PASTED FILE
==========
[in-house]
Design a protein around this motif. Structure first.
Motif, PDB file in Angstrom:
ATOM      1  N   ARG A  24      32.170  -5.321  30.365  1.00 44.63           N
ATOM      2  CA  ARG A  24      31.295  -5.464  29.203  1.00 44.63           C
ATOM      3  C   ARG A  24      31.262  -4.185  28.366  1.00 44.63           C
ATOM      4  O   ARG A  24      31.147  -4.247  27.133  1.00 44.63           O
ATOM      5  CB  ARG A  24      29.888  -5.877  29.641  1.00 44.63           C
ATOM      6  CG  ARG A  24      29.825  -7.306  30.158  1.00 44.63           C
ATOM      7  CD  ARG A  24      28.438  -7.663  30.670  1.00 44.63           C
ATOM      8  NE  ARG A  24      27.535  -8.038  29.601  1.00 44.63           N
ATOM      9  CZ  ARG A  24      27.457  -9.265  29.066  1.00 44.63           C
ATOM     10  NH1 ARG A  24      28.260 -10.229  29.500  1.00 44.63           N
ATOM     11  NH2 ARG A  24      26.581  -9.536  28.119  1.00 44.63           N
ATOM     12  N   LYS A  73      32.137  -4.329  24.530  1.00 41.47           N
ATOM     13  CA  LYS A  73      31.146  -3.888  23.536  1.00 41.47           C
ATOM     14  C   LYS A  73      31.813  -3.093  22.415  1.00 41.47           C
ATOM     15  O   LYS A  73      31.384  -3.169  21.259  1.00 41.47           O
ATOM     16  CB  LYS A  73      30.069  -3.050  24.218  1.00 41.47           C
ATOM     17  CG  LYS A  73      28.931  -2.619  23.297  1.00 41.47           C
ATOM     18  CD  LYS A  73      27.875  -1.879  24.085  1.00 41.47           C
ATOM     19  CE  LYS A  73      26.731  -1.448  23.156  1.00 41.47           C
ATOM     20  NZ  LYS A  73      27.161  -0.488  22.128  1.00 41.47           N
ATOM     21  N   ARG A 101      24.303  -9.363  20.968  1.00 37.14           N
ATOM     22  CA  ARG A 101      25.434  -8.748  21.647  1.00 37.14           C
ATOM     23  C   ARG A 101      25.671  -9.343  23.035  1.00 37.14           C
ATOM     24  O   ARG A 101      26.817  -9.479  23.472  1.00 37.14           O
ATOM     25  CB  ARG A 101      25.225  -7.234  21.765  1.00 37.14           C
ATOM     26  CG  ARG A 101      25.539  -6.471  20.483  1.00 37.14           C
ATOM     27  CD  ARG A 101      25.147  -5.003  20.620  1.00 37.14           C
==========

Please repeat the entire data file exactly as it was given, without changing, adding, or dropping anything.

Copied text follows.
[in-house]
Design a protein around this motif. Structure first.
Motif, PDB file in Angstrom:
ATOM      1  N   ARG A  24      32.170  -5.321  30.365  1.00 44.63           N
ATOM      2  CA  ARG A  24      31.295  -5.464  29.203  1.00 44.63           C
ATOM      3  C   ARG A  24      31.262  -4.185  28.366  1.00 44.63           C
ATOM      4  O   ARG A  24      31.147  -4.247  27.133  1.00 44.63           O
ATOM      5  CB  ARG A  24      29.888  -5.877  29.641  1.00 44.63           C
ATOM      6  CG  ARG A  24      29.825  -7.306  30.158  1.00 44.63           C
ATOM      7  CD  ARG A  24      28.438  -7.663  30.670  1.00 44.63           C
ATOM      8  NE  ARG A  24      27.535  -8.038  29.601  1.00 44.63           N
ATOM      9  CZ  ARG A  24      27.457  -9.265  29.066  1.00 44.63           C
ATOM     10  NH1 ARG A  24      28.260 -10.229  29.500  1.00 44.63           N
ATOM     11  NH2 ARG A  24      26.581  -9.536  28.119  1.00 44.63           N
ATOM     12  N   LYS A  73      32.137  -4.329  24.530  1.00 41.47           N
ATOM     13  CA  LYS A  73      31.146  -3.888  23.536  1.00 41.47           C
ATOM     14  C   LYS A  73      31.813  -3.093  22.415  1.00 41.47           C
ATOM     15  O   LYS A  73      31.384  -3.169  21.259  1.00 41.47           O
ATOM     16  CB  LYS A  73      30.069  -3.050  24.218  1.00 41.47           C
ATOM     17  CG  LYS A  73      28.931  -2.619  23.297  1.00 41.47           C
ATOM     18  CD  LYS A  73      27.875  -1.879  24.085  1.00 41.47           C
ATOM     19  CE  LYS A  73      26.731  -1.448  23.156  1.00 41.47           C
ATOM     20  NZ  LYS A  73      27.161  -0.488  22.128  1.00 41.47           N
ATOM     21  N   ARG A 101      24.303  -9.363  20.968  1.00 37.14           N
ATOM     22  CA  ARG A 101      25.434  -8.748  21.647  1.00 37.14           C
ATOM     23  C   ARG A 101      25.671  -9.343  23.035  1.00 37.14           C
ATOM     24  O   ARG A 101      26.817  -9.479  23.472  1.00 37.14           O
ATOM     25  CB  ARG A 101      25.225  -7.234  21.765  1.00 37.14           C
ATOM     26  CG  ARG A 101      25.539  -6.471  20.483  1.00 37.14           C
ATOM     27  CD  ARG A 101      25.147  -5.003  20.620  1.00 37.14           C